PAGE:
The U.S. Geological Survey has warned that the summit of Hawaii's Kilauea volcano could experience explosions in coming weeks and send large quantities of ash into the air.
Evacuations or significant damage is not expected because the summit is far from populated areas — and 25 miles away from the Leilani Estates neighborhood, where lava flows have destroyed 36 structures since a new eruption began at the volcano this month.
The risk of explosions is the latest possibility in a chain of events that began April 30 with the collapse of a lava-filled crater 12 miles east of the summit.
Lava drained from the collapsed crater underground. The missing lava began reemerging on May 3 at the surface in Leilani Estates, oozing up through cracks in the ground and consuming homes, cars and roads.
The movement of the molten rock has opened space for lava at the summit of the volcano to drain underground, reducing the height of a lava lake at the summit, said USGS research geophysicist Ingrid Johanson.
That raises the risk for an explosion at the summit. Normally, when the lava lake level is high, temperatures are so hot that the groundwater in surrounding rocks is kept away from the magma. But as the lava lake levels fall below the groundwater table, water can start interacting with the magma, heating it up and creating steam, said USGS scientist Donald Swanson.
If rocks fall from the walls surrounding the magma in the volcano, the rocks can form a dam — and if the steam builds pressure, "it can eventually burst out in an explosion," Swanson said.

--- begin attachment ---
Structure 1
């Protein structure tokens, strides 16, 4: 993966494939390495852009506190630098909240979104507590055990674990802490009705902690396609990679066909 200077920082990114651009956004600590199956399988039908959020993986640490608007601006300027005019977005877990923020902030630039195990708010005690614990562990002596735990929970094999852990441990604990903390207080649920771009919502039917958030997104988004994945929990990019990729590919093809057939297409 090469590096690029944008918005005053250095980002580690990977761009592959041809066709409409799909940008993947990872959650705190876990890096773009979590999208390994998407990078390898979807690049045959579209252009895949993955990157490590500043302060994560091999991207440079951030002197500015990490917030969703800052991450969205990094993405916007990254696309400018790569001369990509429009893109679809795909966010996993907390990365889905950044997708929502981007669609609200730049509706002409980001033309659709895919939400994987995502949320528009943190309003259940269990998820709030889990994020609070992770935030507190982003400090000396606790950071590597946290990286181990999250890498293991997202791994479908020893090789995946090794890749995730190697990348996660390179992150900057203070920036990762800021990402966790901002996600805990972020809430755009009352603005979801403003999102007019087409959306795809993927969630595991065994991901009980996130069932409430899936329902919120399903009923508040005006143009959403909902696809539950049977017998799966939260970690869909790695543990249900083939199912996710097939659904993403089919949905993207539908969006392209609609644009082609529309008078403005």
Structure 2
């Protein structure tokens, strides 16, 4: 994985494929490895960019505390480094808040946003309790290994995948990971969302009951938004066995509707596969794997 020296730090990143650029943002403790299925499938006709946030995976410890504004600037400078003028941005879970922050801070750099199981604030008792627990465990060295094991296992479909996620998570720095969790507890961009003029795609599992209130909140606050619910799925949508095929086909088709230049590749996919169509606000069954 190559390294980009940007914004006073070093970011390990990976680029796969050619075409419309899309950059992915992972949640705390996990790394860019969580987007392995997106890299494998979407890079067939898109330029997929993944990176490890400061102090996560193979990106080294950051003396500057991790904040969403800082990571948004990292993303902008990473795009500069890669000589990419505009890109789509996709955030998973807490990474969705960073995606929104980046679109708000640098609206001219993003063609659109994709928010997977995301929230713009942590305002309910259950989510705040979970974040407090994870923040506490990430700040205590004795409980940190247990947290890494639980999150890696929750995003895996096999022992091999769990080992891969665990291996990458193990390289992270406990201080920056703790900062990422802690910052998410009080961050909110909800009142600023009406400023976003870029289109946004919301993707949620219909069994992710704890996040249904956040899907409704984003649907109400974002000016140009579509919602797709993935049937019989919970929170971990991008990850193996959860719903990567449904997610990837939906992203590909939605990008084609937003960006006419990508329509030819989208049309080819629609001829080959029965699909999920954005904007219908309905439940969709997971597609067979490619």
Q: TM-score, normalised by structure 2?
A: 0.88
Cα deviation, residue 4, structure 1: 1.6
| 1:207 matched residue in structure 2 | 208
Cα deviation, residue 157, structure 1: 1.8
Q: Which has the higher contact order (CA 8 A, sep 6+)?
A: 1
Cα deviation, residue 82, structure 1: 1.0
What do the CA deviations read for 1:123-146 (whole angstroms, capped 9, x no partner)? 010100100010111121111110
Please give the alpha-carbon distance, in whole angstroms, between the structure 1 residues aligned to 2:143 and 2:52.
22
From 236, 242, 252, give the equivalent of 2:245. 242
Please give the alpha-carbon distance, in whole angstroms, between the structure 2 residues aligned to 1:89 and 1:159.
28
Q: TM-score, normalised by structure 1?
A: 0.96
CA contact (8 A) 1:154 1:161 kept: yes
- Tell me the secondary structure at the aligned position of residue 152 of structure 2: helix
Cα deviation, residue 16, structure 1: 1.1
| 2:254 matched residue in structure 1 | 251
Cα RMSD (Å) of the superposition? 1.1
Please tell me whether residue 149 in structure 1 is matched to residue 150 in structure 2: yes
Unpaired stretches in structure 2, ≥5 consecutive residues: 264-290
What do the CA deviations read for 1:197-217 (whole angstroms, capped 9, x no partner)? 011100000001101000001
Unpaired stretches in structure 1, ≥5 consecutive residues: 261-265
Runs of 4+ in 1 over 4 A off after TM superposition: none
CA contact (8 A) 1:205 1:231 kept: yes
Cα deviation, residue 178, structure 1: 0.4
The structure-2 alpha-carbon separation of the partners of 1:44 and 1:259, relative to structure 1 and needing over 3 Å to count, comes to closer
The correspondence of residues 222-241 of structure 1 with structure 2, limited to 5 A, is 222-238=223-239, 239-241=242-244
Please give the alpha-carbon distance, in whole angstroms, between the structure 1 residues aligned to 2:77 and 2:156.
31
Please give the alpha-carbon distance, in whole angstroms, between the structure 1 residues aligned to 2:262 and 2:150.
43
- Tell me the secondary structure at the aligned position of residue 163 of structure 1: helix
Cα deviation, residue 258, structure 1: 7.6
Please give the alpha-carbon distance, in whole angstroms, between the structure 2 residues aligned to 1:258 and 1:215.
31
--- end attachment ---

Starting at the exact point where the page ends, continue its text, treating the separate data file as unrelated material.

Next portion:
Scientists estimate that the lava could interact with the groundwater by the middle of this month.
If explosions occur at the summit, areas within half a mile would be subject to bombardment by material that could weigh as much as 10 or 12 tons. Locations within several miles of the summit would be subject to falls of marble-sized rocks, fine-grained material and ash. In areas 10 to 20 miles away downwind, fine ash could float from the sky like snow, Swanson said.
Because of its distance from the summit of the volcano, Leilani Estates would experience a light dusting of ash, said Tina Neal, the scientist in charge at the USGS Hawaiian Volcano Observatory.
There are no inhabited areas within half a mile of Kilauea's summit; the primary risk would be to visitors entering the area, which is home to Hawaii Volcanoes National Park.
Fine ash would be only a millimeter or less in size. Ash is primarily a nuisance, and can irritate the eyes and breathing, reduce visibility and cause roadways to be slippery, and interfere with electrical lines.
Steam-driven explosions were observed at Kilauea in 1924, when there was a similar drop in lava levels, Neal said.
Also on Monday, a different type of explosion occurred at the summit at 8:27 a.m. local time. It was probably caused by a nearby earthquake that dislodged rocks that fell into the lava lake, Neal said.
Meanwhile, a 15th fissure formed on Wednesday, sending lava into Lanipuna Gardens, a small neighborhood close to Leilani Estates, Hawaii County officials said.
There's still a fair amount of magma underneath the neighborhood, Neal said.
Leilani Estates, normally home to 1,600 residents, and Lanipuna Gardens, with a population of 300 residents, have been evacuated. Nearly 300 people are staying in shelters. Seven private roads and two public roads have been turned impassable by lava flows.
Hawaii County officials are making plans to expand evacuation areas if needed. If the situation at the summit worsens, the National Park Service said it would take action to evacuate people and close Hawaii Volcanoes National Park to visitors.
The area affected by the eruptions is in a remote spot of eastern Hawaii Island. The closest resorts, in Kona and the Kohala Coast, are more than 100 miles away on the west side of the island.
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6:15 p.m.: The article was updated with news of a 15th fissure spewing lava.
4:50 p.m.: The article was updated with a staff story, leading with news on the chance of future explosions at the volcano's summit.